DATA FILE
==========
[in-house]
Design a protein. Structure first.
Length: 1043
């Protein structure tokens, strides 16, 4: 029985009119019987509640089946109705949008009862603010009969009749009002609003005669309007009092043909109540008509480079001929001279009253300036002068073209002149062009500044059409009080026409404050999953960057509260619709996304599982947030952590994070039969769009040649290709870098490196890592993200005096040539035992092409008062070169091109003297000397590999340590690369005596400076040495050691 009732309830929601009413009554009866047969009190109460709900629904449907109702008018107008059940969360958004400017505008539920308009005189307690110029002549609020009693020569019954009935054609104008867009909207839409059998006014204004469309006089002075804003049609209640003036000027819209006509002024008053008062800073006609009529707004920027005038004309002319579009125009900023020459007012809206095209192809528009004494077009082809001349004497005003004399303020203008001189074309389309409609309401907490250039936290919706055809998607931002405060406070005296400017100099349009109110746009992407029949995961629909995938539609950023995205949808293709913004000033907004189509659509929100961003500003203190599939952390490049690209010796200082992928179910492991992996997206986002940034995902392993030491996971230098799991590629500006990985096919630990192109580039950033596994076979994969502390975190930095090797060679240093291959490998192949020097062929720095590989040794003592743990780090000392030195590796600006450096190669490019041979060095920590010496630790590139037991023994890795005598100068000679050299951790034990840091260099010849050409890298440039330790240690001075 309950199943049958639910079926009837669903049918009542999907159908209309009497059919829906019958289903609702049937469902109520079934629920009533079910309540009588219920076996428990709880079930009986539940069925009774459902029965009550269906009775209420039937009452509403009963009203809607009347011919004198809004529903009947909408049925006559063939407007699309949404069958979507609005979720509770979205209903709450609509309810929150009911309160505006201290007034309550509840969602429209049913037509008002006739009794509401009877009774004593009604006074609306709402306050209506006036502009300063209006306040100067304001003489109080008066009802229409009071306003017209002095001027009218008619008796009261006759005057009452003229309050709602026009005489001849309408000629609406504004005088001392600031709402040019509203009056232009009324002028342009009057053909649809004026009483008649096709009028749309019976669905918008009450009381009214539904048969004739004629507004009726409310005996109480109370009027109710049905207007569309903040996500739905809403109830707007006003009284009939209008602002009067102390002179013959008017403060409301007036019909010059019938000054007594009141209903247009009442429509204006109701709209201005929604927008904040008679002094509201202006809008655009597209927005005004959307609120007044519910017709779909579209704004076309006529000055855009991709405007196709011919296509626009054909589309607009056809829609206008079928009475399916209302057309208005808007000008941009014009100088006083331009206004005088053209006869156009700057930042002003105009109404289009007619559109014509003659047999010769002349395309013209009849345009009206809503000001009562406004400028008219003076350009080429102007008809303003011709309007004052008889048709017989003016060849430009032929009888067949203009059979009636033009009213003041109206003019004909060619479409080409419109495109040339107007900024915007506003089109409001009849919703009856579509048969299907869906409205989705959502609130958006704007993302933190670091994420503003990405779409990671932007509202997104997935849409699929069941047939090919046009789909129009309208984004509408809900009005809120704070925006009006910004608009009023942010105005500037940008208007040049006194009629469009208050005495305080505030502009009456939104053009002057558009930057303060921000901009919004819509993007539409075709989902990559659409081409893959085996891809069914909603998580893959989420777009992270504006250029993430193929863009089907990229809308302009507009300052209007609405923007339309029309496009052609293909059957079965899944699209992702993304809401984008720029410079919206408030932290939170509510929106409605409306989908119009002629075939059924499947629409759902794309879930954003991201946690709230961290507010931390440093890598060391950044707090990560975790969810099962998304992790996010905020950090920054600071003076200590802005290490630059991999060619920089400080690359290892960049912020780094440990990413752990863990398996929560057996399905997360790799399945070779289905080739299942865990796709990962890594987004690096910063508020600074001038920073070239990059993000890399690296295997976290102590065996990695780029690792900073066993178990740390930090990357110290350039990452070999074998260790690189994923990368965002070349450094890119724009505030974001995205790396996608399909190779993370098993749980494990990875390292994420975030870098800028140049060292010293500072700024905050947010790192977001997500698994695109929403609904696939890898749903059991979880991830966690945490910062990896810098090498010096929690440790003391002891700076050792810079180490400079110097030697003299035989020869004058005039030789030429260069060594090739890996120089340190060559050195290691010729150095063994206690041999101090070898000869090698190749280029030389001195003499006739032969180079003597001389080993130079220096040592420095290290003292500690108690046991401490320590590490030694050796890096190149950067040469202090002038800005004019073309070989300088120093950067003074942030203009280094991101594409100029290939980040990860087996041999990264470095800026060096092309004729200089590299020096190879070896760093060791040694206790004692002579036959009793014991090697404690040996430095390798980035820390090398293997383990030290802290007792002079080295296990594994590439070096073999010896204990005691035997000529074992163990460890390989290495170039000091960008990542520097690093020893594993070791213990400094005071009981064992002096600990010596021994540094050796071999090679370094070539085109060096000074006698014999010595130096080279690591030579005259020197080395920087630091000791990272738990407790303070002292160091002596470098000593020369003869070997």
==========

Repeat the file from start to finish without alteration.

[in-house]
Design a protein. Structure first.
Length: 1043
């Protein structure tokens, strides 16, 4: 029985009119019987509640089946109705949008009862603010009969009749009002609003005669309007009092043909109540008509480079001929001279009253300036002068073209002149062009500044059409009080026409404050999953960057509260619709996304599982947030952590994070039969769009040649290709870098490196890592993200005096040539035992092409008062070169091109003297000397590999340590690369005596400076040495050691 009732309830929601009413009554009866047969009190109460709900629904449907109702008018107008059940969360958004400017505008539920308009005189307690110029002549609020009693020569019954009935054609104008867009909207839409059998006014204004469309006089002075804003049609209640003036000027819209006509002024008053008062800073006609009529707004920027005038004309002319579009125009900023020459007012809206095209192809528009004494077009082809001349004497005003004399303020203008001189074309389309409609309401907490250039936290919706055809998607931002405060406070005296400017100099349009109110746009992407029949995961629909995938539609950023995205949808293709913004000033907004189509659509929100961003500003203190599939952390490049690209010796200082992928179910492991992996997206986002940034995902392993030491996971230098799991590629500006990985096919630990192109580039950033596994076979994969502390975190930095090797060679240093291959490998192949020097062929720095590989040794003592743990780090000392030195590796600006450096190669490019041979060095920590010496630790590139037991023994890795005598100068000679050299951790034990840091260099010849050409890298440039330790240690001075 309950199943049958639910079926009837669903049918009542999907159908209309009497059919829906019958289903609702049937469902109520079934629920009533079910309540009588219920076996428990709880079930009986539940069925009774459902029965009550269906009775209420039937009452509403009963009203809607009347011919004198809004529903009947909408049925006559063939407007699309949404069958979507609005979720509770979205209903709450609509309810929150009911309160505006201290007034309550509840969602429209049913037509008002006739009794509401009877009774004593009604006074609306709402306050209506006036502009300063209006306040100067304001003489109080008066009802229409009071306003017209002095001027009218008619008796009261006759005057009452003229309050709602026009005489001849309408000629609406504004005088001392600031709402040019509203009056232009009324002028342009009057053909649809004026009483008649096709009028749309019976669905918008009450009381009214539904048969004739004629507004009726409310005996109480109370009027109710049905207007569309903040996500739905809403109830707007006003009284009939209008602002009067102390002179013959008017403060409301007036019909010059019938000054007594009141209903247009009442429509204006109701709209201005929604927008904040008679002094509201202006809008655009597209927005005004959307609120007044519910017709779909579209704004076309006529000055855009991709405007196709011919296509626009054909589309607009056809829609206008079928009475399916209302057309208005808007000008941009014009100088006083331009206004005088053209006869156009700057930042002003105009109404289009007619559109014509003659047999010769002349395309013209009849345009009206809503000001009562406004400028008219003076350009080429102007008809303003011709309007004052008889048709017989003016060849430009032929009888067949203009059979009636033009009213003041109206003019004909060619479409080409419109495109040339107007900024915007506003089109409001009849919703009856579509048969299907869906409205989705959502609130958006704007993302933190670091994420503003990405779409990671932007509202997104997935849409699929069941047939090919046009789909129009309208984004509408809900009005809120704070925006009006910004608009009023942010105005500037940008208007040049006194009629469009208050005495305080505030502009009456939104053009002057558009930057303060921000901009919004819509993007539409075709989902990559659409081409893959085996891809069914909603998580893959989420777009992270504006250029993430193929863009089907990229809308302009507009300052209007609405923007339309029309496009052609293909059957079965899944699209992702993304809401984008720029410079919206408030932290939170509510929106409605409306989908119009002629075939059924499947629409759902794309879930954003991201946690709230961290507010931390440093890598060391950044707090990560975790969810099962998304992790996010905020950090920054600071003076200590802005290490630059991999060619920089400080690359290892960049912020780094440990990413752990863990398996929560057996399905997360790799399945070779289905080739299942865990796709990962890594987004690096910063508020600074001038920073070239990059993000890399690296295997976290102590065996990695780029690792900073066993178990740390930090990357110290350039990452070999074998260790690189994923990368965002070349450094890119724009505030974001995205790396996608399909190779993370098993749980494990990875390292994420975030870098800028140049060292010293500072700024905050947010790192977001997500698994695109929403609904696939890898749903059991979880991830966690945490910062990896810098090498010096929690440790003391002891700076050792810079180490400079110097030697003299035989020869004058005039030789030429260069060594090739890996120089340190060559050195290691010729150095063994206690041999101090070898000869090698190749280029030389001195003499006739032969180079003597001389080993130079220096040592420095290290003292500690108690046991401490320590590490030694050796890096190149950067040469202090002038800005004019073309070989300088120093950067003074942030203009280094991101594409100029290939980040990860087996041999990264470095800026060096092309004729200089590299020096190879070896760093060791040694206790004692002579036959009793014991090697404690040996430095390798980035820390090398293997383990030290802290007792002079080295296990594994590439070096073999010896204990005691035997000529074992163990460890390989290495170039000091960008990542520097690093020893594993070791213990400094005071009981064992002096600990010596021994540094050796071999090679370094070539085109060096000074006698014999010595130096080279690591030579005259020197080395920087630091000791990272738990407790303070002292160091002596470098000593020369003869070997």